Training your new puppy

Having a new puppy is super exciting—you have a new member of the family that’s furry and fun. However, don’t allow yourself to become too mushy and soft with this cute little canine.

21 Mar 2016 By Andrew Clarke Comments

The first few weeks with a puppy are crucial to its obedience training. You have to set boundaries on how it can act around its new family and its new home. Here are a few tips on how to do just that.

Establish your position as pack leader

The first thing that you should remember is that YOU are the pack leader. You may not run with wolves or have canine blood but you are top dog in your own household, not the puppy.

Dogs are naturally inclined to follow the leader in their pack. When living with human families, the person who shows strength, stability, and consistency is automatically the pack leader.

When you are not showing the traits of a pack leader, your puppy will immediately sense it and exhibit signs of bad behaviours, such as loud barking and whining, chewing at furniture or important objects in the home, and pulling its leash when you are taking it out for a walk.

It is quite easy to forget about your role as the pack leader when the puppy is so cute and eager to play with you. If you do not start with training your puppy the first hour it arrives in your home, it will be too late and there will be a lifetime of chewed shoes and late-night barking from your canine companion.

Housetrain your puppy

After asserting your position as the leader of the pack, you have to work on housetraining or housebreaking the animal. Dogs typically do not like peeing or pooping in the place where they sleep – understandable, how would you like it.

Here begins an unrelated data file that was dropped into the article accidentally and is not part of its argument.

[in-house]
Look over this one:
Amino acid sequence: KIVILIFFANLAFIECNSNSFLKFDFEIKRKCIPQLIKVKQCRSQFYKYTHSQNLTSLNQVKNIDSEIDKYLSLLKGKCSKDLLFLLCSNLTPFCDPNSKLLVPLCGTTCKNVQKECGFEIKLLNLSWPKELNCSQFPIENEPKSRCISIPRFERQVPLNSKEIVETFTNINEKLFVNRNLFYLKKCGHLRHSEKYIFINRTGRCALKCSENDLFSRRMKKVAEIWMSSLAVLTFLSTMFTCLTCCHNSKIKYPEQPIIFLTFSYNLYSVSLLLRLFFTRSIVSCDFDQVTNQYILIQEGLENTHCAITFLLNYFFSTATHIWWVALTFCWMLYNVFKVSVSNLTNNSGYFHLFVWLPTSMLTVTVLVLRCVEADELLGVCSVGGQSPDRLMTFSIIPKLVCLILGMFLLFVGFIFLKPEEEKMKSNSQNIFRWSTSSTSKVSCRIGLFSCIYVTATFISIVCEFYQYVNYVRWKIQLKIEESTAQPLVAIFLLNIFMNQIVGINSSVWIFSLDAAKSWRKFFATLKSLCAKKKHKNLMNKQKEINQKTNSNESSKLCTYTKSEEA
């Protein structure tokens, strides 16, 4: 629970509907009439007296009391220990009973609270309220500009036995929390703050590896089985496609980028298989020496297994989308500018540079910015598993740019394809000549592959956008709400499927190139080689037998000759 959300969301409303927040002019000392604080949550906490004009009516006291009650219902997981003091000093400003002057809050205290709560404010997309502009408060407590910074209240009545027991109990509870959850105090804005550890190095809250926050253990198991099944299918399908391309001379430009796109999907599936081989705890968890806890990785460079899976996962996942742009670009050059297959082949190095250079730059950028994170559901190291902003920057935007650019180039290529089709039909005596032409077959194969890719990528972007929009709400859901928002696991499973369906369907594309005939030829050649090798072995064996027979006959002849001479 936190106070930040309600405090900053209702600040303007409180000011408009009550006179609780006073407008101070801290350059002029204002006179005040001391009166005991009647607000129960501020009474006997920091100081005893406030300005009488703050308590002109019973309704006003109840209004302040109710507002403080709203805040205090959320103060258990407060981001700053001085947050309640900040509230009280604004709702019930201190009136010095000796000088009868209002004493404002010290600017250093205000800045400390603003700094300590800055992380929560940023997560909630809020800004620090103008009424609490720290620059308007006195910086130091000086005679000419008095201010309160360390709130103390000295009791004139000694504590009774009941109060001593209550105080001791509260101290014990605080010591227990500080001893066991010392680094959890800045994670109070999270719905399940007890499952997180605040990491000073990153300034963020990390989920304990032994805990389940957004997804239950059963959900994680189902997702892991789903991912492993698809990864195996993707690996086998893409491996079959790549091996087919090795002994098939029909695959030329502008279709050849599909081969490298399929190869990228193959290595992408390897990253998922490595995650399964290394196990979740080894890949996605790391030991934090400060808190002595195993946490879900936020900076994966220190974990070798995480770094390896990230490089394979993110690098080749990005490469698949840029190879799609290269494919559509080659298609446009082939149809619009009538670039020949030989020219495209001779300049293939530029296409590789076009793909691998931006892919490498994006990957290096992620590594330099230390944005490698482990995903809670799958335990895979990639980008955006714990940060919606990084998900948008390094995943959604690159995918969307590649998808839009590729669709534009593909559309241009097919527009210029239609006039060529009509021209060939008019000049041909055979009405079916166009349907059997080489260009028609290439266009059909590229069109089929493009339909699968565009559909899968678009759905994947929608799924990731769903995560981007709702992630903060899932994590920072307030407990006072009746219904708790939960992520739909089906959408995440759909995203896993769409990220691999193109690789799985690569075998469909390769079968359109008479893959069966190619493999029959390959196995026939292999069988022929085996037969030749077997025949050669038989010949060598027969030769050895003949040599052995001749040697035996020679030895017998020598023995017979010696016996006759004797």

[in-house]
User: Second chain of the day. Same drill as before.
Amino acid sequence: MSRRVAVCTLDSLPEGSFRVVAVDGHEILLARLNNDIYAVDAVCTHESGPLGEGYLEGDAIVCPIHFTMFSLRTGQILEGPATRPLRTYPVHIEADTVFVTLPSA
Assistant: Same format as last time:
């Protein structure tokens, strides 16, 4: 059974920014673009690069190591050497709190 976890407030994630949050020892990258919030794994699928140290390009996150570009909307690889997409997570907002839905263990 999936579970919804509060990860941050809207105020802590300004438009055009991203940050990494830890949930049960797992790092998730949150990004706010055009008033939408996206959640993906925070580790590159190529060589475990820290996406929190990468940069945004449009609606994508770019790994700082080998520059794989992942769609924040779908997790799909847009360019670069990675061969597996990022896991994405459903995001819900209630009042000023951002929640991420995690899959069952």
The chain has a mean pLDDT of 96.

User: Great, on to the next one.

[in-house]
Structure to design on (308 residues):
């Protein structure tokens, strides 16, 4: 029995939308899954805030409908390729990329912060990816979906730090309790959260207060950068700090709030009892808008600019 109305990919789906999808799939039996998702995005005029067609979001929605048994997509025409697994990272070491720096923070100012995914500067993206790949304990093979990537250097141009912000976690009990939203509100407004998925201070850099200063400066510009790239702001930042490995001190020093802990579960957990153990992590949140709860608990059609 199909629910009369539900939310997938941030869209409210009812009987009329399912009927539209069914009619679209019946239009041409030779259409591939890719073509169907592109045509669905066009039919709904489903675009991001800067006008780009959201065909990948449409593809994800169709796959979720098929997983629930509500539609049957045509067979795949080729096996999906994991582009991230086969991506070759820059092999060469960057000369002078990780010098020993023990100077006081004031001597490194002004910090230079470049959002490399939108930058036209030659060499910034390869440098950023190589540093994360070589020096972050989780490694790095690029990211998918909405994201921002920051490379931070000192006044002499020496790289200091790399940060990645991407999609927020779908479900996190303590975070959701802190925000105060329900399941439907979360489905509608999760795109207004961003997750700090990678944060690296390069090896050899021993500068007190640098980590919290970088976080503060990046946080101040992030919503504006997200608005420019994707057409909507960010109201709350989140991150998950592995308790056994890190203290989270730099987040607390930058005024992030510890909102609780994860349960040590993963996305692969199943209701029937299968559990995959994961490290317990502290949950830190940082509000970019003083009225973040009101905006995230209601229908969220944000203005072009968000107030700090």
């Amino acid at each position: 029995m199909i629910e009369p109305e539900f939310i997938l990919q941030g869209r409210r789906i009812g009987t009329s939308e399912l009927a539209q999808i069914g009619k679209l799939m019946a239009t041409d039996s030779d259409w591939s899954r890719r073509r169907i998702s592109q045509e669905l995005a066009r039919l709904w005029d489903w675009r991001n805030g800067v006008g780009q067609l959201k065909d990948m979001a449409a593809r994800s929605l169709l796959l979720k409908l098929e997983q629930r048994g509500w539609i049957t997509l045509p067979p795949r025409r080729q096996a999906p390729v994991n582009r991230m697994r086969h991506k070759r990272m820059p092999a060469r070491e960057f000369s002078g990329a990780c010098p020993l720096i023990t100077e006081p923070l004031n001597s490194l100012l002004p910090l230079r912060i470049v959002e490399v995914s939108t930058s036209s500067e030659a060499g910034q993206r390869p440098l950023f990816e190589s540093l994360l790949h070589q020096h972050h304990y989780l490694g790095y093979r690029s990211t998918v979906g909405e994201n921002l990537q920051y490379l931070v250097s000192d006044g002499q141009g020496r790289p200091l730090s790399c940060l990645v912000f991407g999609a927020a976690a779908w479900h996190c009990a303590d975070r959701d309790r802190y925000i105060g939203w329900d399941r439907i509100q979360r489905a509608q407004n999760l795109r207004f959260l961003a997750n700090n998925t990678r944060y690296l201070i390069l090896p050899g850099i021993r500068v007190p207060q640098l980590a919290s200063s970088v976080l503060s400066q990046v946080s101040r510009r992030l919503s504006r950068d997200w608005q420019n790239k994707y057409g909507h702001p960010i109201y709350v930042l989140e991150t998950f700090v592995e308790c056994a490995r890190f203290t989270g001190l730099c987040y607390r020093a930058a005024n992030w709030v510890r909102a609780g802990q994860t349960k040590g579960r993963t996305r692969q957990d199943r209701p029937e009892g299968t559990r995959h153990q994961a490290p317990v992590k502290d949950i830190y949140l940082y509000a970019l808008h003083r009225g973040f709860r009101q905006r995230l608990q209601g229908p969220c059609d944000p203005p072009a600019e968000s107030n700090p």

You can provide the puppy with a place where it can do it’s business, and make sure to stick to that “bathroom” spot every time the animal needs to do it’s thing.

Every time the puppy follows one of your commands, make sure to reward it with kind words or a few pats on the head (or belly rubs) as positive reinforcement for positive behaviour. This is an important part of any training.


Exercise and play

Taking the puppy out for a walk is also very important part of the training process. As the leader of the pack, you are responsible for helping the dog harness its energy in a way that is beneficial to it’s health and not destructive to your home.

All dogs need to be walked daily, however, you have to walk in front of the puppy to assert your position as pack leader. When exiting the door, make sure that you go first.


Deal with mistakes

Dogs—especially male ones—have the instinct to mark their territory with urine. If your dog makes a “mistake” inside the house, you can always pour a teaspoon of vanilla extract on the spot, as dogs typically urinate in the same spot over and over again.

Getting angry at your puppy and scolding it is pretty useless. The puppy won’t understand a word you’re saying and will grow fearful because of the tone of your voice. Scolding the puppy when you are potty training only results in it trying to hide its waste from you because it doesn’t understand what you’re really angry about.


21 Mar 2016 By Andrew Clarke Comments

comments powered by Disqus